• Then, according to the teachings of the present application, the controller device 52 retrieves the requested data from memory 34 and places the data within the buffer system 54 based on the identity of the master 38. The controller device 52 sends a signal to the buffer system 54 controlling where the data is stored in the buffer system 54. If the requesting master 38 is the predictably requesting master 38 a, then the data is stored in a special section of the buffer system 54. Otherwise, the data is stored in general buffer space in the buffer system 54. After successfully storing the requested data in the buffer system 54, the controller device 52 may optionally send an “un-split” signal to the bus arbiter 44 signaling that the requested data is now available. When the master 38 requests the data a second time, the data will usually be available in the buffer system 54. If it is available, the controller device 52 instructs the buffer system 54 to put the requested data out onto the bus 42.
  • In addition, the memory controller 40 is capable of pre-fetching data that the predictably requesting master 38 a is likely to request next and placing this pre-fetched data in the special location in the buffer system 54. In this regard, if the pre-fetched data is requested in the next request, then the controller device 52 instructs the buffer system 54 to immediately put the requested data out onto the bus 42. In this regard, it is not necessary to send a split signal since the data is already available. The controller device 52 is capable of predicting this next data request by the predictably requesting master 38 a. When the prediction is correct, it is not necessary to transmit the split signal, un-split signal, and the second data access request since the data can be accessed without additional waiting time. Furthermore, if the data inside the special cache buffer drops below a certain threshold, the controller device 52 may start the pre-fetching operation without actually receiving a read request from the predictably requesting master 38 a. This will assure that the special buffer is sufficiently filled for future requests.
  • When a predictably requesting master 38 a, such as a video display controller, makes a request for a first block of sequentially stored data, such as video frame data, the memory controller 40 can analyze this request to anticipate sequential requests and begin the “pre-fetch” operation from this initial request. When the request analyzer 50 determines that the identity of the requesting master is the predictably requesting master 38 a, the memory controller 40 pre-fetches the next anticipated portions of data. If the next request address matches the anticipated address, then the memory controller 40 can immediately respond with data inside the buffer system 54. Since the frame buffer read is sequential, the hit rate within the buffer system 54 (the rate when the buffer system 54 contains valid data) is very high. The only time the video display controller misses is when it jumps to a different address, e.g. when it reaches the end of the frame buffer and restarts at the beginning of another frame located in a separate memory location. The details of embodiments and operations of the request analyzer 50, controller device 52, and buffer system 54 of the memory controller 40 are described below with reference to FIGS. 5-8.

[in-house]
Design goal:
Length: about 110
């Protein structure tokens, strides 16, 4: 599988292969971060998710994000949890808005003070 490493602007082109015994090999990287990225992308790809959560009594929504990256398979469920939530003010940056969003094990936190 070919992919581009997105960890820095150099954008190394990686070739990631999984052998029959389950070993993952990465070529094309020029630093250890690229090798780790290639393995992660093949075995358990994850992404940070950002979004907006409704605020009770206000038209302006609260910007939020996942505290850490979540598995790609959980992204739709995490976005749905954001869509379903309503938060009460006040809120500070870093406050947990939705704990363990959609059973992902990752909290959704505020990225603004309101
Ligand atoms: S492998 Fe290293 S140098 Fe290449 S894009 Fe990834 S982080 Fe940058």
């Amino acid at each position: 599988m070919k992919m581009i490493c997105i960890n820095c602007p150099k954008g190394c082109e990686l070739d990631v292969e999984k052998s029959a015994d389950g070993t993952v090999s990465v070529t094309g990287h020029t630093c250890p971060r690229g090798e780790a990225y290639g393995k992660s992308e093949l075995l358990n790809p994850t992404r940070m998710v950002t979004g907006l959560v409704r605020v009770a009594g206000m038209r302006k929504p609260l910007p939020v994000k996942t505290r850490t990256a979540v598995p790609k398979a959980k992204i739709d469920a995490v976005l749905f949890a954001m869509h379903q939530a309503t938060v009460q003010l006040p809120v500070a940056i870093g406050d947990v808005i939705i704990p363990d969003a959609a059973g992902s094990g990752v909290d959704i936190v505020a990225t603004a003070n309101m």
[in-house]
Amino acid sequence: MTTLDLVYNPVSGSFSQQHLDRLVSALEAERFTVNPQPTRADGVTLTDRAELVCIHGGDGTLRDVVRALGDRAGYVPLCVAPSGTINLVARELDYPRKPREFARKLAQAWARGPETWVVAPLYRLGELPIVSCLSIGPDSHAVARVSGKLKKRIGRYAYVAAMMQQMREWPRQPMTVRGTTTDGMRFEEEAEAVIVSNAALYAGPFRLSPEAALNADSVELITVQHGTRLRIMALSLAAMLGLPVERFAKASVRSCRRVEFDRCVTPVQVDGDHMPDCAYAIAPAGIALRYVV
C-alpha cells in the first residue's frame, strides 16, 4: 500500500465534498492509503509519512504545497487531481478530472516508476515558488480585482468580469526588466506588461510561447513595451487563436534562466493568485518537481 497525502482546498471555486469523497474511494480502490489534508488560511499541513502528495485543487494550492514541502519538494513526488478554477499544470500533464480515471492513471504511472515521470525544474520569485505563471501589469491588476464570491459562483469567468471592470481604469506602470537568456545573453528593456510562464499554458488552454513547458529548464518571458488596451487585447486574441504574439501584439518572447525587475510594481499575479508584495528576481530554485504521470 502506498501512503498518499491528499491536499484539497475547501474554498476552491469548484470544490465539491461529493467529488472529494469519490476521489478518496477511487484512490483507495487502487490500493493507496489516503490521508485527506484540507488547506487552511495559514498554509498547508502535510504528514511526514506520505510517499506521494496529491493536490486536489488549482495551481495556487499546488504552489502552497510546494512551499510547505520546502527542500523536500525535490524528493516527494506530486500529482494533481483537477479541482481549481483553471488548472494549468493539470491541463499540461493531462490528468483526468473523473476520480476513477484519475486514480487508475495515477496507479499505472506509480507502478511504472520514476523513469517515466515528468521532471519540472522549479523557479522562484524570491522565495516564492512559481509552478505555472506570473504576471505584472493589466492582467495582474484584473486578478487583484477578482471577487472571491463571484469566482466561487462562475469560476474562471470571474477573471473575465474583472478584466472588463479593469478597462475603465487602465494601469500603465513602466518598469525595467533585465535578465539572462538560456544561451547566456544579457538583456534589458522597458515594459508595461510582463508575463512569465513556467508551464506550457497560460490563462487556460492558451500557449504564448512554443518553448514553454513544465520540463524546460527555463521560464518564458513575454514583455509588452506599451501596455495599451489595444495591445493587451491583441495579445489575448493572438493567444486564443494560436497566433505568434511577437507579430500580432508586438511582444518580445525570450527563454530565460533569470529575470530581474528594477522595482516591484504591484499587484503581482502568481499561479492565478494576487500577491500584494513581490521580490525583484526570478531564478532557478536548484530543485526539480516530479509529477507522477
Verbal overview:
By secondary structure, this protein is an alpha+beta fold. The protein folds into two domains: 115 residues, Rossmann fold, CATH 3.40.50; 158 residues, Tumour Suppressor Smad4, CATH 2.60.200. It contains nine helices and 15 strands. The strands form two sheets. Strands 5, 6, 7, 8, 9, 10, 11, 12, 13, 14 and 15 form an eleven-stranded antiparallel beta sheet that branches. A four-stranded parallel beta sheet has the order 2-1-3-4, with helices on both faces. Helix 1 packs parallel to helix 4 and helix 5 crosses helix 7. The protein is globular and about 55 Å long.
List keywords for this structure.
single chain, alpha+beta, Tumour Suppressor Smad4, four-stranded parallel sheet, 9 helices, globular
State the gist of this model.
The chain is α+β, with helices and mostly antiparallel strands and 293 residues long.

• FIG. 5 is a block diagram of an embodiment of the request analyzer 50 shown in FIG. 4. The request analyzer 50 of this embodiment includes request logic 60, master number logic 62, and address logic 64. The request logic 60 receives the data access request via the bus 42 and breaks the request down into a master number portion and an address portion. The request logic 60 sends the master number portion to the master number logic 62 and sends the address portion to the address logic 64.
  • The master number logic 62 processes the master number portion of the request to determine the identity of the master 38 making the request. The master number logic 62 may also store a list of masters 38 that can be categorized as “predictably requesting masters”, such as, for example, video display controllers, DMA controllers, etc. From this list of predictably requesting masters, the master number logic 62 provides an identity signal to the controller device 52 and buffer system 54. The identity signal indicates whether or not the master is a predictably requesting master and can also identify the master from a plurality of predictably requesting masters. When a predictably requesting master is identified, the identity signal also indicates that a particular dedicated buffer in the buffer system 54, as defined below, should be utilized for storing data, both regularly retrieved data and pre-fetched data, for that predictably requesting master 38 a. If the identified master is not on the predictably requesting masters list, then the master number logic 62 instructs the buffer system 54 to store data in a general buffer, as defined below, of the buffer system 54.